The Social Effect of Commerce
With millions of people getting social on their mobile devices, countless numbers of consumers are connected at all hours of the day ready to buy.
But all too often the social commerce experience falls short. For example, when shoppers are on a retailer’s social pages ready to buy, they’re often sent elsewhere to complete the transaction, disrupting what should be a seamless experience. At a time when every efficiency and experience are critical, this distraction misses the mark on how quickly a customer can complete a purchase.
The challenge for brands is to relate authentically to consumers, which means a heavier reliance on eye-catching visuals, content that informs and entertains the viewer, and behind-the-scenes accounts that humanize the brand. For example, we see from the ingenuity of brands using Vine to post how-to videos, announce new products, or make a video punchline that it’s possible to be a “friend” first, and brand second. But this cannot come at the expense of the customer's shopping experience.
Brands must enable and sustain conversations with consumers across all channels—social and otherwise—establishing the mutually rewarding relationships that drive what is known as social commerce -- the evolution and maturation of social media meets shopping. With a growing number of consumers recommending and researching purchases online, especially on social media, it’s no surprise that marketers are following their customers to support the purchase process.
But how can brands succeed?
Social commerce is all about inspiration and product discovery. Leaders in the social commerce space seek to understand how their brands can add value at different stages of the retail and e-commerce process. It’s about enveloping the shopper in an experience and to do so, these brands are building social networks around e-commerce platforms and partnering with brands.
Shopping is inherently social and interactive. Companies need to see social commerce as integral to the way in which they communicate and transact with consumers. This means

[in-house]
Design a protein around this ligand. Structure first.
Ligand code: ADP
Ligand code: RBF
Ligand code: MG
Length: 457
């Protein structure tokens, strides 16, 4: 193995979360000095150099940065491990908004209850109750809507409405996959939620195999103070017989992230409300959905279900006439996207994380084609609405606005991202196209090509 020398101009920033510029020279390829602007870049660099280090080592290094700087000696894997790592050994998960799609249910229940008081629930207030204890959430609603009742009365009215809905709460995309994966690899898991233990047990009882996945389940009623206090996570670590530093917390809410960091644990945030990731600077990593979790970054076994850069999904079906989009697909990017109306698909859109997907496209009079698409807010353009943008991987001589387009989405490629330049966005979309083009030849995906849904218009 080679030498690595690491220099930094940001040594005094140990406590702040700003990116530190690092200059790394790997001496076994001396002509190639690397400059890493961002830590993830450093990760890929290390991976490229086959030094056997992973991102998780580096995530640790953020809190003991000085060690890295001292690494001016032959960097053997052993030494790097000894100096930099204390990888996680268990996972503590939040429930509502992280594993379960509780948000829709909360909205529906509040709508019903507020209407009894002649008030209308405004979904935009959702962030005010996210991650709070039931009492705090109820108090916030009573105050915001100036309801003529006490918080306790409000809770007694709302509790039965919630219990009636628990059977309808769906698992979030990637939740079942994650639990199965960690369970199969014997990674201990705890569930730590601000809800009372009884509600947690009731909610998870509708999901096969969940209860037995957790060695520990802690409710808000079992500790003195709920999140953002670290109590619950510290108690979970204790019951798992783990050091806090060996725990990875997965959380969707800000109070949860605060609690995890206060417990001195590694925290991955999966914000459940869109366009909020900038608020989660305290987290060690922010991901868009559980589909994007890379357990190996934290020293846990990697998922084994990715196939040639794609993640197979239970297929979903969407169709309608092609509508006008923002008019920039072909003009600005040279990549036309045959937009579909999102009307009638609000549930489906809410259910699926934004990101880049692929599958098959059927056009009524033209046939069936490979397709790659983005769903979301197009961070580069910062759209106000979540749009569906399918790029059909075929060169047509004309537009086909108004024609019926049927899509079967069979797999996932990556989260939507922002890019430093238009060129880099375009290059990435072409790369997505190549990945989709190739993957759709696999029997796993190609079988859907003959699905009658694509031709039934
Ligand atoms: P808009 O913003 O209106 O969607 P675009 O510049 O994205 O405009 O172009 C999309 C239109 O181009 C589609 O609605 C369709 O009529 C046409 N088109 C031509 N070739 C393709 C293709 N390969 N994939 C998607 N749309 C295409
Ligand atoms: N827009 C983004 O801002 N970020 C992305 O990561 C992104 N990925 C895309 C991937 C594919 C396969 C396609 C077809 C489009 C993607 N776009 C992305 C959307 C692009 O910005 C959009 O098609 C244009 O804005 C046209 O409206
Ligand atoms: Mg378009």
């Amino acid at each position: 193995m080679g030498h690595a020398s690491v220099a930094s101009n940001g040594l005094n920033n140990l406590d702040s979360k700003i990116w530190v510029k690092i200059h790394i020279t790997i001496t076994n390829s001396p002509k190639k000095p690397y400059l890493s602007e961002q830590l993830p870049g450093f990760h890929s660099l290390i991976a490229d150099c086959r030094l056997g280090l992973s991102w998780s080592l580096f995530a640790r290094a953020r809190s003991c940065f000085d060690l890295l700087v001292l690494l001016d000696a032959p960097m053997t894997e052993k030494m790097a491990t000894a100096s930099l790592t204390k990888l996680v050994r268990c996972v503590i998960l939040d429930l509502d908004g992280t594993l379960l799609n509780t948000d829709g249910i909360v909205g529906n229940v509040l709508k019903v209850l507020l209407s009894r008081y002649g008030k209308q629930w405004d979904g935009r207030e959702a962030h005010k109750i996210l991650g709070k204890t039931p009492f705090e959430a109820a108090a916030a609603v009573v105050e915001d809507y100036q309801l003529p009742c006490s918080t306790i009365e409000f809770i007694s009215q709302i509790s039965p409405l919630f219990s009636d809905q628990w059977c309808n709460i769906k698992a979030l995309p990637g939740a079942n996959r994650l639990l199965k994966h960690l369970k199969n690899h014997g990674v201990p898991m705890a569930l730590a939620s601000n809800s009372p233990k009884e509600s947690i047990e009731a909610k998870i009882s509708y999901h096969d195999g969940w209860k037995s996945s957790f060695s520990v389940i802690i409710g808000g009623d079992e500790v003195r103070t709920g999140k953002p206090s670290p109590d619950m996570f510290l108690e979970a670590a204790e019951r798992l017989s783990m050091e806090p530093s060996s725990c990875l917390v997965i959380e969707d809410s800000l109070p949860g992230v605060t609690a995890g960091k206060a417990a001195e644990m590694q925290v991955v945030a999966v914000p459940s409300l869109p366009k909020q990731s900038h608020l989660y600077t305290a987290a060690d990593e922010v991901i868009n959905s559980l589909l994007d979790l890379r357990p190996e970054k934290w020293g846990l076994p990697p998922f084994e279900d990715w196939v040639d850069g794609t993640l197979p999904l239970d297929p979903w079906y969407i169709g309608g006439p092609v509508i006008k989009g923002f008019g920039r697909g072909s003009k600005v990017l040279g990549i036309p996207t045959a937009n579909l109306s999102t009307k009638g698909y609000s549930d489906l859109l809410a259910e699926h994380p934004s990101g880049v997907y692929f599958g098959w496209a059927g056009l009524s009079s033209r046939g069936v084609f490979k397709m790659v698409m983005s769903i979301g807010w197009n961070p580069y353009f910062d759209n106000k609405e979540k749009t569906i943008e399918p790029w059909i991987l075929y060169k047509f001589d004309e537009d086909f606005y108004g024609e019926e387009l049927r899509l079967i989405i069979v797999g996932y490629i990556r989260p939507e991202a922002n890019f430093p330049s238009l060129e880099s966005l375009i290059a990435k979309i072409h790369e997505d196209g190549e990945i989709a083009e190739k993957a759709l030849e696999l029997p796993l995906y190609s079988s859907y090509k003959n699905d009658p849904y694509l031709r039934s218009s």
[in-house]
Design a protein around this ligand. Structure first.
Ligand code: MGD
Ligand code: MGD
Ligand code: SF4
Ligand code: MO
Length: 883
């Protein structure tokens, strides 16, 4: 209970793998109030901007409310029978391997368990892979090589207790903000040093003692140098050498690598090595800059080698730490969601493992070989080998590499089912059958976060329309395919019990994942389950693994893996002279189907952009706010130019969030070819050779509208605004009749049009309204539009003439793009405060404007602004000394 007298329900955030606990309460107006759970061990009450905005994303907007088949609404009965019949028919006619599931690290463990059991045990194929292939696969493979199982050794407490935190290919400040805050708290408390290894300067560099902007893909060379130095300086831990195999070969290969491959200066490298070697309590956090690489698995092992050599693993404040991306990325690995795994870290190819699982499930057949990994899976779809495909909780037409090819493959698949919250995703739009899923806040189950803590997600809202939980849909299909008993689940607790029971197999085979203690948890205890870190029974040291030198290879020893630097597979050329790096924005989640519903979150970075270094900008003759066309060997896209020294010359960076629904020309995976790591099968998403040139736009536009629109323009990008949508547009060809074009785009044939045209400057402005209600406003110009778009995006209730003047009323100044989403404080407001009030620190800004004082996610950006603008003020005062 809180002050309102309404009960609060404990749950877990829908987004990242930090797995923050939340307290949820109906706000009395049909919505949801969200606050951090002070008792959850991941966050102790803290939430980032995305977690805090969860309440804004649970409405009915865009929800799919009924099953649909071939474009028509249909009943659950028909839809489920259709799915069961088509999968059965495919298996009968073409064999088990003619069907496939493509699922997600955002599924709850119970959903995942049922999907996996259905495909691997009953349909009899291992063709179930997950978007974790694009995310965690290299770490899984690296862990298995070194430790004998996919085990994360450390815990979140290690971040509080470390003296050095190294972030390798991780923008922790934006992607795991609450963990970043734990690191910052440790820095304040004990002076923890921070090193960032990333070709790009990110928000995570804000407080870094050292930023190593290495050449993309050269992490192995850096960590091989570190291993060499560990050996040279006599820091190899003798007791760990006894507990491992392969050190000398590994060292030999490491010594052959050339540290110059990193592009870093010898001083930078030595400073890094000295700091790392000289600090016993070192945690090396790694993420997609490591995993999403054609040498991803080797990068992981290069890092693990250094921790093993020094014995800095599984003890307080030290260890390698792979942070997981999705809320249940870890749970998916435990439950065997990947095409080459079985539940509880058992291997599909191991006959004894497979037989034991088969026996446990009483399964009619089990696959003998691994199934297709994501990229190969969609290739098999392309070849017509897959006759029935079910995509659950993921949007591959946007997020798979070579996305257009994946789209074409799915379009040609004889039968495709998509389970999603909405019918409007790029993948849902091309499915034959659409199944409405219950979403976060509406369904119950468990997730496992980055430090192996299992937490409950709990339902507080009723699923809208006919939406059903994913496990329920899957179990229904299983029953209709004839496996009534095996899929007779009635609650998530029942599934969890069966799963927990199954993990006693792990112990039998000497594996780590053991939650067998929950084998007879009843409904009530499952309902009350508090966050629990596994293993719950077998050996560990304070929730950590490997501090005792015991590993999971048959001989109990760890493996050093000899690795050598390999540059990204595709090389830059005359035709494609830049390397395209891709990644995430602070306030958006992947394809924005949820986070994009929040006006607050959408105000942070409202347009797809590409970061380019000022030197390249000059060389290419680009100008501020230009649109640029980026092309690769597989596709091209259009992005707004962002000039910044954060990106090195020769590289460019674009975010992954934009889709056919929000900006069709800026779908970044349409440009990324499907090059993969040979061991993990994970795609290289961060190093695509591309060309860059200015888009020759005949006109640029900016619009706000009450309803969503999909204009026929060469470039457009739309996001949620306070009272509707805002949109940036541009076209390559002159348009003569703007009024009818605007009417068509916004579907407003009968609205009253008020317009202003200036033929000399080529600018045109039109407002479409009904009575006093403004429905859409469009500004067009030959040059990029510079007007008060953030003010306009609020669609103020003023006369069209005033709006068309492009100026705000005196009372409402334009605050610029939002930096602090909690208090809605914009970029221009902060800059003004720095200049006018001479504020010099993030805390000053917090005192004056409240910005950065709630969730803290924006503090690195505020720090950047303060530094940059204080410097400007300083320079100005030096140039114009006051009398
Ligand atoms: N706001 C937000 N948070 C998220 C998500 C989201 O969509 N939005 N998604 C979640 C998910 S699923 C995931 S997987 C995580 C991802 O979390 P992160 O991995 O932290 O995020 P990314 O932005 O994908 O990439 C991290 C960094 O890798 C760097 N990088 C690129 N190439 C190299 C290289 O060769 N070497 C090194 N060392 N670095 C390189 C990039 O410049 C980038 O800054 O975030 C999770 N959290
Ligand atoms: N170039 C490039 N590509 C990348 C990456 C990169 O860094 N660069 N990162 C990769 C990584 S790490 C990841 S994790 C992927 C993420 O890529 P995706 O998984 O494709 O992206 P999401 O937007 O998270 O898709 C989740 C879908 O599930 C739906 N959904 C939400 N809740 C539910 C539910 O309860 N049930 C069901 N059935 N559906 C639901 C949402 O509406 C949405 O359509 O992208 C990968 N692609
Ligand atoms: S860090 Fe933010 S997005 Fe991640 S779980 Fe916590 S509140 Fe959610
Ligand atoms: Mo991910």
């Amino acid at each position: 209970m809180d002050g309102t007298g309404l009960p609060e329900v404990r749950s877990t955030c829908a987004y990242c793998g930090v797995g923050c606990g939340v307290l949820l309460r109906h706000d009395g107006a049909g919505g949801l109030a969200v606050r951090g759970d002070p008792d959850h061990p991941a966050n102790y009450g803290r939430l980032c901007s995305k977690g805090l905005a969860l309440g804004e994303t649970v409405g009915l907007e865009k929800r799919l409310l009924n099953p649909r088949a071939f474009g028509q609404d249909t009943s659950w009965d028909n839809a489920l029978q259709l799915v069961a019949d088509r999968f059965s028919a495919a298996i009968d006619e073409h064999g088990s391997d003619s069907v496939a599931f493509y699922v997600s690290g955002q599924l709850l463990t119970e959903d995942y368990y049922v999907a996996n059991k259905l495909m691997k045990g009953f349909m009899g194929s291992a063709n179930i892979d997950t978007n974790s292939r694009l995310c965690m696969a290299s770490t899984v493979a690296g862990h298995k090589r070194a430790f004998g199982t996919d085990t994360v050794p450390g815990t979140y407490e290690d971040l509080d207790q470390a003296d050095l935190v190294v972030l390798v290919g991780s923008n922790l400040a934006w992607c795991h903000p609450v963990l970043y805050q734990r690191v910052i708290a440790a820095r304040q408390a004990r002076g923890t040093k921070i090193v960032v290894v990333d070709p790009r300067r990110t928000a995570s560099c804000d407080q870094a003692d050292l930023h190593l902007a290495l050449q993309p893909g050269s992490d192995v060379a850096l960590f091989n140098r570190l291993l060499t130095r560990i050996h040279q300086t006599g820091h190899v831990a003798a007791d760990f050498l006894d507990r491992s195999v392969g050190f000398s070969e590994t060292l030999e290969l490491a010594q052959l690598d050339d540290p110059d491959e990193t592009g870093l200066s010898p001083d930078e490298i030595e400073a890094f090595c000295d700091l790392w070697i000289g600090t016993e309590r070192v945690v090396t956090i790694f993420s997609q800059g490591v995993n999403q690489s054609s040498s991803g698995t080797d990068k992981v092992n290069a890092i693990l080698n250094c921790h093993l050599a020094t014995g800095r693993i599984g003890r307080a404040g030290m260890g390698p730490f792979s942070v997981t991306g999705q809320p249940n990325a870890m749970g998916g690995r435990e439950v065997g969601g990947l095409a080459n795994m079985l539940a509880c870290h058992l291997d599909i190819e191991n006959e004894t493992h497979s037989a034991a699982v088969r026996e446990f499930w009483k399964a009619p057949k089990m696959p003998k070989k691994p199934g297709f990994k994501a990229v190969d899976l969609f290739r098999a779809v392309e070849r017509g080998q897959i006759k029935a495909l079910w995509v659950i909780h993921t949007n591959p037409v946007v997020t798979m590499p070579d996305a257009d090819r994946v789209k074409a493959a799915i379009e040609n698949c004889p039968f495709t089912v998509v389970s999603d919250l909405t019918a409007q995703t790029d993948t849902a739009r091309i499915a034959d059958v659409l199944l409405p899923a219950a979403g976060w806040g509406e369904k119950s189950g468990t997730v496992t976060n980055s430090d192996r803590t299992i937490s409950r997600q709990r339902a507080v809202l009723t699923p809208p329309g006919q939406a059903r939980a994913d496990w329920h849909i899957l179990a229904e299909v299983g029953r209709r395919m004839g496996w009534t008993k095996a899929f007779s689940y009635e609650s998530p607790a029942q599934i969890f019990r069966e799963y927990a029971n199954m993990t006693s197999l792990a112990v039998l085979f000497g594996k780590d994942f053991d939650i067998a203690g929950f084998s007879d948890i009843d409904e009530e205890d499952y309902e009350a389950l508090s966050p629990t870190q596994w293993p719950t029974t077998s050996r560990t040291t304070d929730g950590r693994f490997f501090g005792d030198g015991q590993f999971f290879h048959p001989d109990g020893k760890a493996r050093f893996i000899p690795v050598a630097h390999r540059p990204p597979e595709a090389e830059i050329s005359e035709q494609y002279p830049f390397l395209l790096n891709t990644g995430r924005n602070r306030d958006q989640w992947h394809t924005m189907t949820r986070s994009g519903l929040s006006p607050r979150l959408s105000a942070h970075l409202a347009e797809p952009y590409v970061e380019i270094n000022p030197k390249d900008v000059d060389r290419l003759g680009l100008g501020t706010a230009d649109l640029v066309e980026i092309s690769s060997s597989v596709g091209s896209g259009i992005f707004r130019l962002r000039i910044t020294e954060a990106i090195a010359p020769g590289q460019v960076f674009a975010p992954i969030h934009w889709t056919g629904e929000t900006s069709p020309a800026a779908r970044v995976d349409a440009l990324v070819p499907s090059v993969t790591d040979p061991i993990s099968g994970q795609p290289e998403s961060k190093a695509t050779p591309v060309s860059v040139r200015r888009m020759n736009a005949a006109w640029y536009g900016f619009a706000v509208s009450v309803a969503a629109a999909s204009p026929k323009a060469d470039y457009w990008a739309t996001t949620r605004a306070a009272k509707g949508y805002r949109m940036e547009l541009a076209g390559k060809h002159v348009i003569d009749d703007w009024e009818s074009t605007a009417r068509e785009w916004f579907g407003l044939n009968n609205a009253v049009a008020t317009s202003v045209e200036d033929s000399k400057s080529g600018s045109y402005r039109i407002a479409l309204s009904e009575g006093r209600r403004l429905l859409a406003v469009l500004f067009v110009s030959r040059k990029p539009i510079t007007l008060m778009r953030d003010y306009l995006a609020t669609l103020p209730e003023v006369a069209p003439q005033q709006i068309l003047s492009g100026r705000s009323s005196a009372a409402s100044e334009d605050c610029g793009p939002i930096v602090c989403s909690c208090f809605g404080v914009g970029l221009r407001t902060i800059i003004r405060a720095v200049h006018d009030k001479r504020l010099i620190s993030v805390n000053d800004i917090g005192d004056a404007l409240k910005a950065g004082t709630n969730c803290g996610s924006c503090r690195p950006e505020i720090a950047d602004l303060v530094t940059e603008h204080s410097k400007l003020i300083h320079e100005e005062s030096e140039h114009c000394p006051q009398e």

Understanding the shopping experience also needs to include the role of brick and mortar stores. It can often coincide — in-store, for example, where social platforms can be used to educate shoppers and close transactions. Another key objective should also be to increase social connections between potential customers and those within their networks who are naturally inclined to recommend specific products. It’s clear that this innovative form of contextual and behavioral targeting is gaining traction, and that the benefits of making an emotional connection are starting to shine brighter.
According to The University of Texas, people don't make their decisions based on rational reasoning. Decisions heavily rely on what product appeals to their senses and emotions. The earlier brands make the emo
tional connection with consumers the better, because once consumers have decided they like a particular option, the more difficult it is for them to backpedal. Their thinking falls in line with the emotions.
As revenues for the social commerce market are expected to reach $30 billion this year alone, the number of consumers are still up for grabs, but not for long.
Many leading businesses are starting to “get” the rules of the game — with the frontrunners increasing their investments in social platforms and social design so they can manage consumer interactions across all communication channels.
Designing a platform with a prime directive to be FOR social, FOR mobile and FOR marketing will bring more rewarding experiencing for consumers and brands alike.
These advancements are only the beginning-- with social channels looking to take the next step by offering streamlined, in-app purchasing systems. This means an even faster, more familiar connection between consumers and products.
Businesses must get social or risk missing out on the conversation entirely.
Lisa Seacat DeLuca is a Master Inventor for IBM Commerce.